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Campus Quotes




Students answer: Spring Break: Party, work or study? And why?

Adjunct professor Mark Brennaman brings heart health awareness to UCO.

UCO loses to Lindenwood in the ACHA Division I semifinals.

After earning a six seed in the NCAA Division II National Tournament, UCO will face a tough opening matchup against Fort Hays State University on Saturday.

students voice since 1903.

State Legislation

LEGISLATION ALLOWS FINES AGAINST SMOKERS ON CAMPUS By Jack Chancey / Staff Writer College campuses in Oklahoma looking to go tobacco free could have help from two measures passed at the State Capitol on March 5, 2010. Sen. Jim Halligan, R-Stillwater, introduced Senate Bill 1674 March 5, 2010. The bill would allow colleges and universities to levy fines up to $100 for violation of tobaccofree policies. “When your rights impact my life, you have no right to say, ‘I want to smoke’ where I have to inhale it,” Halligan said. “This bill does a simple thing to allow fines when the faculty and institution have embraced a no-smoking policy.” The measure passed through the Senate with a 29-11 vote and was moved on to the House for consideration in House Bill 2758 by Rep. Lee Denney, R-Cushing. It passed in the House with an 81-11 vote and now waits signing by the governor. Debate on the Senate floor ranged from personal freedoms to health care and abortion. Sen. Randy Brogdon, ROwasso, a nonsmoker, said SB 1674 was just another instance of encroachment on personal freedoms. “This is hypocrisy,” he said. “This is a bad bill. Let’s quit picking around the edges. If you want to ban tobacco, let’s get rid of it.” Halligan argued that smoking has far-reaching impacts that raise the price of health care for nonsmokers. Sen. Johnnie Crutchfield,

Estimated percentage of persons aged > 18 years who were current smokers, by sex - National Health Interview, United States, 1965-2006 MEN WOMEN



NEW YORK — It will cost about $3,000 to be the first person on your block with a 3-D TV. In hopes of starting a new era in TV watching, Samsung and Panasonic are starting to sell 3-D sets in U.S. stores this week. Because the sets require unwieldy glasses, and there is for now little to watch in 3-D, it will be some time before the technology is mainstream. PARIS — Is the Middle East going officially nuclear? Announcements by bitter rivals Israel and Syria that they’re interested in nuclear power plants could complicate the diplomatic storm over Iran’s program. Israel seems unlikely to accept Syrian assurances its program is civilian — and is already itself believed to have a secret weapons program that looks sure to remain off-limits to inspectors. SACRAMENTO, Calif. — Former eBay CEO Meg Whitman’s campaign for governor of California has a familiar ring to it: She’s an outsider from the business world who promises to sweep the Capitol clean of politics-as-usual and deliver fiscal common sense. California voters have heard that before. It’s the same message fellow Republican Gov. Arnold Schwarzenegger pitched during the 2003 gubernatorial recall election that elevated him to power. WASHINGTON — One bride wore a knee-length lace dress and pearls. The other bride wore a yellow shirt and white suit. As a pastor pronounces them “partners in life this day and for always,” they hug and smile as wedding guests — oh, and nearly a dozen TV cameras and reporters — look on. It’s the first day for same-sex couples in Washington, D.C., to wed, the nation’s capital joining five states that have legalized same-sex marriage.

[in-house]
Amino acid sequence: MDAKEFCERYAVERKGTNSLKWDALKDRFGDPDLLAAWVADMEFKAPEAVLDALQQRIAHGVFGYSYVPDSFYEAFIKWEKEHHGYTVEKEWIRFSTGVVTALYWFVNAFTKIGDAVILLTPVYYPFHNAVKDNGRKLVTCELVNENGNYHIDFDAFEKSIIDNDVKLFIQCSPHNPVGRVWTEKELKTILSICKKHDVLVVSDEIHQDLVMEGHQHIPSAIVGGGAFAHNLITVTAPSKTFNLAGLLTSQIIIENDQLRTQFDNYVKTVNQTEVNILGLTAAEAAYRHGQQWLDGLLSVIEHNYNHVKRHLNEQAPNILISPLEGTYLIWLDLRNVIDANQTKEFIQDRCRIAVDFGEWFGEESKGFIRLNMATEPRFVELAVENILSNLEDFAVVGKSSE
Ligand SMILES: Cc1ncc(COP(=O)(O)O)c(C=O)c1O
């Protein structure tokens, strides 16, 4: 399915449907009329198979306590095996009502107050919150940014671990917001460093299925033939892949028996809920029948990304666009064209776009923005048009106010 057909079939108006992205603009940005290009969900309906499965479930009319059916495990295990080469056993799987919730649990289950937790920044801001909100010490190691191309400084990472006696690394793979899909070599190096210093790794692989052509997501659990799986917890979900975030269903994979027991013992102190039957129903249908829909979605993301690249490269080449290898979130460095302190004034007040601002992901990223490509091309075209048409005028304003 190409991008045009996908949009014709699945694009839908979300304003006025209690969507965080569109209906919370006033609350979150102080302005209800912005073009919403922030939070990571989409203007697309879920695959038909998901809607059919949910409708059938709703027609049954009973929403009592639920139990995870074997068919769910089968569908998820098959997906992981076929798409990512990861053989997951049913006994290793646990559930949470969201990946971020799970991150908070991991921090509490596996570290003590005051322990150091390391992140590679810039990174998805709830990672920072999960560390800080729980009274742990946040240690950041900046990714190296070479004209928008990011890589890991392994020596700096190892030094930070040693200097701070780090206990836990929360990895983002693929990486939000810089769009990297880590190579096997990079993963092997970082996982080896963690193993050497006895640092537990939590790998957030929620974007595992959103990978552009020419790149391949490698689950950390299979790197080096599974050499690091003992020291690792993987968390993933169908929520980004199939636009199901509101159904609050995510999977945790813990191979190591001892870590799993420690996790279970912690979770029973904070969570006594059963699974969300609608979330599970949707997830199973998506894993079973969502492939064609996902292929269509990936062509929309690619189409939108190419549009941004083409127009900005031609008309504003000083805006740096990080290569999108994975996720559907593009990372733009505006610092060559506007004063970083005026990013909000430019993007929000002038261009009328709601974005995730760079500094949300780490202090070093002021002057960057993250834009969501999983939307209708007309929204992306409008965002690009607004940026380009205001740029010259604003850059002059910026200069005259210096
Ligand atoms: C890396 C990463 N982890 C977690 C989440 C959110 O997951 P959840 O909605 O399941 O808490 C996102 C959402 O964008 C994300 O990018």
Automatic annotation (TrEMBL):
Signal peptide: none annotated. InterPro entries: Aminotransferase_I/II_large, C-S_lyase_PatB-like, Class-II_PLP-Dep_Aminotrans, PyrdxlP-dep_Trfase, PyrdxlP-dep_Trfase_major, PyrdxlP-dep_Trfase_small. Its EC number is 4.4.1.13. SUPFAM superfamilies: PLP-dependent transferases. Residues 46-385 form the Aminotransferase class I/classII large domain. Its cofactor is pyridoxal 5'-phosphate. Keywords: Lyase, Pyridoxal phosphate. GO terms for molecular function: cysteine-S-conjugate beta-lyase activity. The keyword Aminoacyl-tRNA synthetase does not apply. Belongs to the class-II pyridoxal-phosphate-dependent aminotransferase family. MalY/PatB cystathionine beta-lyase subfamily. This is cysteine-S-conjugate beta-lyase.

MAR 11, 2010





0 1965